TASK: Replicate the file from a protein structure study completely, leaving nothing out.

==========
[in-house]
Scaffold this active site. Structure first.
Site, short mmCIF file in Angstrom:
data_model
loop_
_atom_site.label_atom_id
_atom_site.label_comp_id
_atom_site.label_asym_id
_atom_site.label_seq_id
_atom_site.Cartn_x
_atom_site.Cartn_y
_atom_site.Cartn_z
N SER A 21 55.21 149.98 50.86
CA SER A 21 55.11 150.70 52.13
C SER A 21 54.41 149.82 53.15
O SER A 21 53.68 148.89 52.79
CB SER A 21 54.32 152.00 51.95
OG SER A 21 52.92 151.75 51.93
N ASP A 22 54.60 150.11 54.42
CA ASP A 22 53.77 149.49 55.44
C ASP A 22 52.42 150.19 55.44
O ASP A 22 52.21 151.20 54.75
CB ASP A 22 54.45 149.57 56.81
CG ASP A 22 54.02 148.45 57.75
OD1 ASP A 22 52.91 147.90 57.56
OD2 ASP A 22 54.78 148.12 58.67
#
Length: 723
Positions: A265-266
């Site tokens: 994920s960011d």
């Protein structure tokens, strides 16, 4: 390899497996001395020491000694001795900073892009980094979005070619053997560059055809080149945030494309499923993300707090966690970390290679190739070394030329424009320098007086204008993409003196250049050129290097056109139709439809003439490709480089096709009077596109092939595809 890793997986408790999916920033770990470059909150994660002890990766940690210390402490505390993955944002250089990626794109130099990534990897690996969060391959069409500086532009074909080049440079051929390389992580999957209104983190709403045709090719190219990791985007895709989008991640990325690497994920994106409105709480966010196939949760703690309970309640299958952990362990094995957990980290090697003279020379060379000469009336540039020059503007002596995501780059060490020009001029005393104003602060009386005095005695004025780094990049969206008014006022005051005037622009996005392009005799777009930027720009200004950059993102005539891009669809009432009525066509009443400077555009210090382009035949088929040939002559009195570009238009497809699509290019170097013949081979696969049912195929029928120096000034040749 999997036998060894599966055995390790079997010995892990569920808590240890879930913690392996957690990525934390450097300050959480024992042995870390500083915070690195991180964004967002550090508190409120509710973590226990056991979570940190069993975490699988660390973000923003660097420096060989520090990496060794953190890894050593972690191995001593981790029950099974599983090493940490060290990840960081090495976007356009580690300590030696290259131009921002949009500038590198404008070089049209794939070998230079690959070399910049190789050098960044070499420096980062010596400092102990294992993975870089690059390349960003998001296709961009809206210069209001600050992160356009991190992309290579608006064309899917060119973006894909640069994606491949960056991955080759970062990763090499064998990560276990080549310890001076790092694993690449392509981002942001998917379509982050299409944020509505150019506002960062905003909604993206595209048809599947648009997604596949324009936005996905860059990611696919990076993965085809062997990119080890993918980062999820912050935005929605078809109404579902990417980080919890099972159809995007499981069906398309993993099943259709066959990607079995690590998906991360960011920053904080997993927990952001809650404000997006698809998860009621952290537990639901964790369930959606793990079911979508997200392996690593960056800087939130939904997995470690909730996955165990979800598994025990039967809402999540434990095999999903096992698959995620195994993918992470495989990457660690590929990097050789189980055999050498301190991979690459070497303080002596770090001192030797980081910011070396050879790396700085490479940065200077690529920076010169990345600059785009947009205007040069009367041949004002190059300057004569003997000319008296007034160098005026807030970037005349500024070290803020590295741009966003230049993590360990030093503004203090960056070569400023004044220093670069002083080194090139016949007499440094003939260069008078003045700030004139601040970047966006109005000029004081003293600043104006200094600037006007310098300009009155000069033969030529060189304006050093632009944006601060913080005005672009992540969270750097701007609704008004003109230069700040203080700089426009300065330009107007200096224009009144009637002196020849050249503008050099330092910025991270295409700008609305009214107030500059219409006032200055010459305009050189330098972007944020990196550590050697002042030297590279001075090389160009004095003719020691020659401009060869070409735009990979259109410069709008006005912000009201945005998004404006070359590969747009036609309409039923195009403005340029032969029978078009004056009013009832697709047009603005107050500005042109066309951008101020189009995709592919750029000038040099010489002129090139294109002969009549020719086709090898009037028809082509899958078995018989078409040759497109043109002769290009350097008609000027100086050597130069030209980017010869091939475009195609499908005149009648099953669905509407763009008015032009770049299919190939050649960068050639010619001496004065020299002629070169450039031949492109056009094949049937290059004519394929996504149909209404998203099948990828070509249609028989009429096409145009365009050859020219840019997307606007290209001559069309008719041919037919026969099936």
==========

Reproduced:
[in-house]
Scaffold this active site. Structure first.
Site, short mmCIF file in Angstrom:
data_model
loop_
_atom_site.label_atom_id
_atom_site.label_comp_id
_atom_site.label_asym_id
_atom_site.label_seq_id
_atom_site.Cartn_x
_atom_site.Cartn_y
_atom_site.Cartn_z
N SER A 21 55.21 149.98 50.86
CA SER A 21 55.11 150.70 52.13
C SER A 21 54.41 149.82 53.15
O SER A 21 53.68 148.89 52.79
CB SER A 21 54.32 152.00 51.95
OG SER A 21 52.92 151.75 51.93
N ASP A 22 54.60 150.11 54.42
CA ASP A 22 53.77 149.49 55.44
C ASP A 22 52.42 150.19 55.44
O ASP A 22 52.21 151.20 54.75
CB ASP A 22 54.45 149.57 56.81
CG ASP A 22 54.02 148.45 57.75
OD1 ASP A 22 52.91 147.90 57.56
OD2 ASP A 22 54.78 148.12 58.67
#
Length: 723
Positions: A265-266
């Site tokens: 994920s960011d």
């Protein structure tokens, strides 16, 4: 390899497996001395020491000694001795900073892009980094979005070619053997560059055809080149945030494309499923993300707090966690970390290679190739070394030329424009320098007086204008993409003196250049050129290097056109139709439809003439490709480089096709009077596109092939595809 890793997986408790999916920033770990470059909150994660002890990766940690210390402490505390993955944002250089990626794109130099990534990897690996969060391959069409500086532009074909080049440079051929390389992580999957209104983190709403045709090719190219990791985007895709989008991640990325690497994920994106409105709480966010196939949760703690309970309640299958952990362990094995957990980290090697003279020379060379000469009336540039020059503007002596995501780059060490020009001029005393104003602060009386005095005695004025780094990049969206008014006022005051005037622009996005392009005799777009930027720009200004950059993102005539891009669809009432009525066509009443400077555009210090382009035949088929040939002559009195570009238009497809699509290019170097013949081979696969049912195929029928120096000034040749 999997036998060894599966055995390790079997010995892990569920808590240890879930913690392996957690990525934390450097300050959480024992042995870390500083915070690195991180964004967002550090508190409120509710973590226990056991979570940190069993975490699988660390973000923003660097420096060989520090990496060794953190890894050593972690191995001593981790029950099974599983090493940490060290990840960081090495976007356009580690300590030696290259131009921002949009500038590198404008070089049209794939070998230079690959070399910049190789050098960044070499420096980062010596400092102990294992993975870089690059390349960003998001296709961009809206210069209001600050992160356009991190992309290579608006064309899917060119973006894909640069994606491949960056991955080759970062990763090499064998990560276990080549310890001076790092694993690449392509981002942001998917379509982050299409944020509505150019506002960062905003909604993206595209048809599947648009997604596949324009936005996905860059990611696919990076993965085809062997990119080890993918980062999820912050935005929605078809109404579902990417980080919890099972159809995007499981069906398309993993099943259709066959990607079995690590998906991360960011920053904080997993927990952001809650404000997006698809998860009621952290537990639901964790369930959606793990079911979508997200392996690593960056800087939130939904997995470690909730996955165990979800598994025990039967809402999540434990095999999903096992698959995620195994993918992470495989990457660690590929990097050789189980055999050498301190991979690459070497303080002596770090001192030797980081910011070396050879790396700085490479940065200077690529920076010169990345600059785009947009205007040069009367041949004002190059300057004569003997000319008296007034160098005026807030970037005349500024070290803020590295741009966003230049993590360990030093503004203090960056070569400023004044220093670069002083080194090139016949007499440094003939260069008078003045700030004139601040970047966006109005000029004081003293600043104006200094600037006007310098300009009155000069033969030529060189304006050093632009944006601060913080005005672009992540969270750097701007609704008004003109230069700040203080700089426009300065330009107007200096224009009144009637002196020849050249503008050099330092910025991270295409700008609305009214107030500059219409006032200055010459305009050189330098972007944020990196550590050697002042030297590279001075090389160009004095003719020691020659401009060869070409735009990979259109410069709008006005912000009201945005998004404006070359590969747009036609309409039923195009403005340029032969029978078009004056009013009832697709047009603005107050500005042109066309951008101020189009995709592919750029000038040099010489002129090139294109002969009549020719086709090898009037028809082509899958078995018989078409040759497109043109002769290009350097008609000027100086050597130069030209980017010869091939475009195609499908005149009648099953669905509407763009008015032009770049299919190939050649960068050639010619001496004065020299002629070169450039031949492109056009094949049937290059004519394929996504149909209404998203099948990828070509249609028989009429096409145009365009050859020219840019997307606007290209001559069309008719041919037919026969099936």